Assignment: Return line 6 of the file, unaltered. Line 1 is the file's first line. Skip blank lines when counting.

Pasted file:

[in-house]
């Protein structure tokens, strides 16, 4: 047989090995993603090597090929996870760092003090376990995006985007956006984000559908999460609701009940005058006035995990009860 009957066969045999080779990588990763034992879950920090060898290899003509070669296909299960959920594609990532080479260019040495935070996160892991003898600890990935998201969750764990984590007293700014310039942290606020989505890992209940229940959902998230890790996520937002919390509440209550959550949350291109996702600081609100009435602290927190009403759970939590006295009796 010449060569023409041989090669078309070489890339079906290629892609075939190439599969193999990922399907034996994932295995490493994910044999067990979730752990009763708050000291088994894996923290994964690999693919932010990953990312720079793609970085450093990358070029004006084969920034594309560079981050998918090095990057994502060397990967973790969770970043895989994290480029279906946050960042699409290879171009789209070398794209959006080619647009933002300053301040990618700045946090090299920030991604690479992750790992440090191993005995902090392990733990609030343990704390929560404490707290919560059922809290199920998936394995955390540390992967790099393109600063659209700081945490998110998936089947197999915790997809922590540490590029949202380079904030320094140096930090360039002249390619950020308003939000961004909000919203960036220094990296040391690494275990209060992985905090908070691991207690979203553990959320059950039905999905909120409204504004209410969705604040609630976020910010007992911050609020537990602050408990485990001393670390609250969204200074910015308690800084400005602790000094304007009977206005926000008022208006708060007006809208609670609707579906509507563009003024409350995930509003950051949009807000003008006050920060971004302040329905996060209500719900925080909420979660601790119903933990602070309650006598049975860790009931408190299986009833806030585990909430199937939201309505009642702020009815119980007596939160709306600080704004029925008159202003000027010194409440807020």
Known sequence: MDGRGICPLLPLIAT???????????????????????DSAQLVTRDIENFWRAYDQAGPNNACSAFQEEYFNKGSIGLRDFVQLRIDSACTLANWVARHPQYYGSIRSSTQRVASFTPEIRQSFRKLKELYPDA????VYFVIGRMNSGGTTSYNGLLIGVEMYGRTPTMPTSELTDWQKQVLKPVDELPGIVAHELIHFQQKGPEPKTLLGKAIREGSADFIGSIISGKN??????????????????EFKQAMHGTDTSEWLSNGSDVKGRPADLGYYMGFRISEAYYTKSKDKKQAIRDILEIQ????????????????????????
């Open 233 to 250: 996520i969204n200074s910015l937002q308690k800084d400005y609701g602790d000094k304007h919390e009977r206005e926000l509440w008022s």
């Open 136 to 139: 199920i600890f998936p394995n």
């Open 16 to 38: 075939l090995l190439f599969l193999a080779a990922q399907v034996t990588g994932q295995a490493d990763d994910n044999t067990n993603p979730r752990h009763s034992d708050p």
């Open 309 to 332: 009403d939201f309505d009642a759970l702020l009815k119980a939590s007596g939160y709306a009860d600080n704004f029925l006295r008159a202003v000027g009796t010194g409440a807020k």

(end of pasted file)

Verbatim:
């Open 16 to 38: 075939l090995l190439f599969l193999a080779a990922q399907v034996t990588g994932q295995a490493d990763d994910n044999t067990n993603p979730r752990h009763s034992d708050p």